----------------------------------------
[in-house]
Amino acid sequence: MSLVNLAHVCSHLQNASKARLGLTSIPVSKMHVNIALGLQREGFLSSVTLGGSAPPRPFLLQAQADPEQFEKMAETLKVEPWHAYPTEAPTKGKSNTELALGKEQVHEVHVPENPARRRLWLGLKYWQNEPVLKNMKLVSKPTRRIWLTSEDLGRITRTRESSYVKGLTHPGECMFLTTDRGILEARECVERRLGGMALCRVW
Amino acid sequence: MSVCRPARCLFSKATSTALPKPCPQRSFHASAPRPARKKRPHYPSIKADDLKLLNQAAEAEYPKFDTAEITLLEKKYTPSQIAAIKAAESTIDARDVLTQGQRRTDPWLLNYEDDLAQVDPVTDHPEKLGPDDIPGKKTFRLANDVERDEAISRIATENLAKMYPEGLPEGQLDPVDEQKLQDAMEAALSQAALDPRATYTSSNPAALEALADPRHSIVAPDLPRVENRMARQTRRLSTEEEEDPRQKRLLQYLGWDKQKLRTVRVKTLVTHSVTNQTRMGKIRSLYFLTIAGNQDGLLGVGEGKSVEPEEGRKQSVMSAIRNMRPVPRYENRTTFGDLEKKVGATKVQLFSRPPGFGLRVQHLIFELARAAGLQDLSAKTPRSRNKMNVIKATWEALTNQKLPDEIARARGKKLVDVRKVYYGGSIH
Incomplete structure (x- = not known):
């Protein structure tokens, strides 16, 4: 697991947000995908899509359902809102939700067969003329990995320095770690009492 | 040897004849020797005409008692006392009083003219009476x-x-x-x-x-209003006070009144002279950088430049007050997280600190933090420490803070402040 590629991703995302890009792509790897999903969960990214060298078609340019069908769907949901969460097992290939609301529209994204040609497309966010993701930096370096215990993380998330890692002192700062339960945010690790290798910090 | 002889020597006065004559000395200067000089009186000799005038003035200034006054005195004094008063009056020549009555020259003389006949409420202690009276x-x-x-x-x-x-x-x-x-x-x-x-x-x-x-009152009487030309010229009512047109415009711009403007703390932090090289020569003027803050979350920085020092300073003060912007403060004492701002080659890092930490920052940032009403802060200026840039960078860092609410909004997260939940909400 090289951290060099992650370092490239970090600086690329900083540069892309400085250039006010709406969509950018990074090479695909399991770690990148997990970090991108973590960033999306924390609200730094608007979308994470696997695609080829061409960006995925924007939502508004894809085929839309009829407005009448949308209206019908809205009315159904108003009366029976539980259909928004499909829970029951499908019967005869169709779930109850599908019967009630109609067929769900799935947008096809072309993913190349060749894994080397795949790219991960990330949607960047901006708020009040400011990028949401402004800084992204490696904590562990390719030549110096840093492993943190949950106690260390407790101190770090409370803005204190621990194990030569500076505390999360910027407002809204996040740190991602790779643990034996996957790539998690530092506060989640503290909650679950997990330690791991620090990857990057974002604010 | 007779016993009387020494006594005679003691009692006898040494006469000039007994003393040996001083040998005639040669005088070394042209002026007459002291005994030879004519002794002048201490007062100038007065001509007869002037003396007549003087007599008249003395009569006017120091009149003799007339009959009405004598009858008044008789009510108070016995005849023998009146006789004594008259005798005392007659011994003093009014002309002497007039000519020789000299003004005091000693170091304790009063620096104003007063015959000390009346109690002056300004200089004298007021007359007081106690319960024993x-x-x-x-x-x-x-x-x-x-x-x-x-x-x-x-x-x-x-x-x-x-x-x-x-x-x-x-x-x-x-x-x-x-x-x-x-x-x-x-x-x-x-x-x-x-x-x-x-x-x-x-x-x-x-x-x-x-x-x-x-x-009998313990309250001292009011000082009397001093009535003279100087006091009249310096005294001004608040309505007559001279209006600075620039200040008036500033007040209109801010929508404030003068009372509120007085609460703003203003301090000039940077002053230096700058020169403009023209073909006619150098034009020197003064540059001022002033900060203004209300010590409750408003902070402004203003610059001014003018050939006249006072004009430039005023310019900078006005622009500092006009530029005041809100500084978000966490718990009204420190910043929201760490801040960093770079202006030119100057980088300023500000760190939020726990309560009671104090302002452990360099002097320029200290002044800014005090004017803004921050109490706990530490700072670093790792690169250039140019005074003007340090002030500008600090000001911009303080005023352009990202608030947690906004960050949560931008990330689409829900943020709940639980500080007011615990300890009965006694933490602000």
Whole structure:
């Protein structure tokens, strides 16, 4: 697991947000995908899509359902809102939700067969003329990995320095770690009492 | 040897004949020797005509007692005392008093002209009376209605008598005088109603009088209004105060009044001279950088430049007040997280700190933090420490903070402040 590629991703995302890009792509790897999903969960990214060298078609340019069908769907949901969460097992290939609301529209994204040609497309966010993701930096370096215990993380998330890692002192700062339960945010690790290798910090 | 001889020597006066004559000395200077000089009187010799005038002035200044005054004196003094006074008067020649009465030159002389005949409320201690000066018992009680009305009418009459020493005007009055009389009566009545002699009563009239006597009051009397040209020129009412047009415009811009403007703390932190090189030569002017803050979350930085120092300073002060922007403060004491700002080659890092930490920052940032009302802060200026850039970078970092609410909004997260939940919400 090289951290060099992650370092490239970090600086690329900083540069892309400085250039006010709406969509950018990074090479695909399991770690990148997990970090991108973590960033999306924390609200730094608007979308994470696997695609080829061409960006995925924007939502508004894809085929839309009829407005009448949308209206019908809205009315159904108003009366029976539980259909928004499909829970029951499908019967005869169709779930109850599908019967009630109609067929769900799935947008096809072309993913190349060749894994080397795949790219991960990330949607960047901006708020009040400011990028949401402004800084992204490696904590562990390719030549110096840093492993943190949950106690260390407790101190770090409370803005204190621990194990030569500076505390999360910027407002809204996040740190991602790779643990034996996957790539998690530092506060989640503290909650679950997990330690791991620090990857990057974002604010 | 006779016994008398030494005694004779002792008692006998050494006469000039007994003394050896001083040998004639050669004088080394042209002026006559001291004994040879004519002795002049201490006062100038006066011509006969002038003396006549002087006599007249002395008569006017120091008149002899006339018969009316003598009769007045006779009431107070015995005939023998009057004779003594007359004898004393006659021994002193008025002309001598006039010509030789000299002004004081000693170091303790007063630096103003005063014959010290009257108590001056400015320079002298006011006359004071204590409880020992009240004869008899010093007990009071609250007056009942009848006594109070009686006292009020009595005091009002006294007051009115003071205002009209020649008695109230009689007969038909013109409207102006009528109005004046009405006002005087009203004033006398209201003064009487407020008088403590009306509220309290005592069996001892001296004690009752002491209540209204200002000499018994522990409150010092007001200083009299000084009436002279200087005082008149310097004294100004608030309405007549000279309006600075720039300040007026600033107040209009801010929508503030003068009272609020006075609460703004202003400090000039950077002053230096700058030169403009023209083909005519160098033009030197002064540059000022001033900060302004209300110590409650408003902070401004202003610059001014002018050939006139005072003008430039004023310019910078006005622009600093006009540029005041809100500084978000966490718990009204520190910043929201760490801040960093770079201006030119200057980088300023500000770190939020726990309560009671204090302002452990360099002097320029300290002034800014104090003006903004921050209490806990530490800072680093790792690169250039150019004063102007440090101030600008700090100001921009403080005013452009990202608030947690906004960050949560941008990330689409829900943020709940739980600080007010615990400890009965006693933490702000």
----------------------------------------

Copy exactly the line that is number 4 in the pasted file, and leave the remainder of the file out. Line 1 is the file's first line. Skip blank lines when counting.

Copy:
Incomplete structure (x- = not known):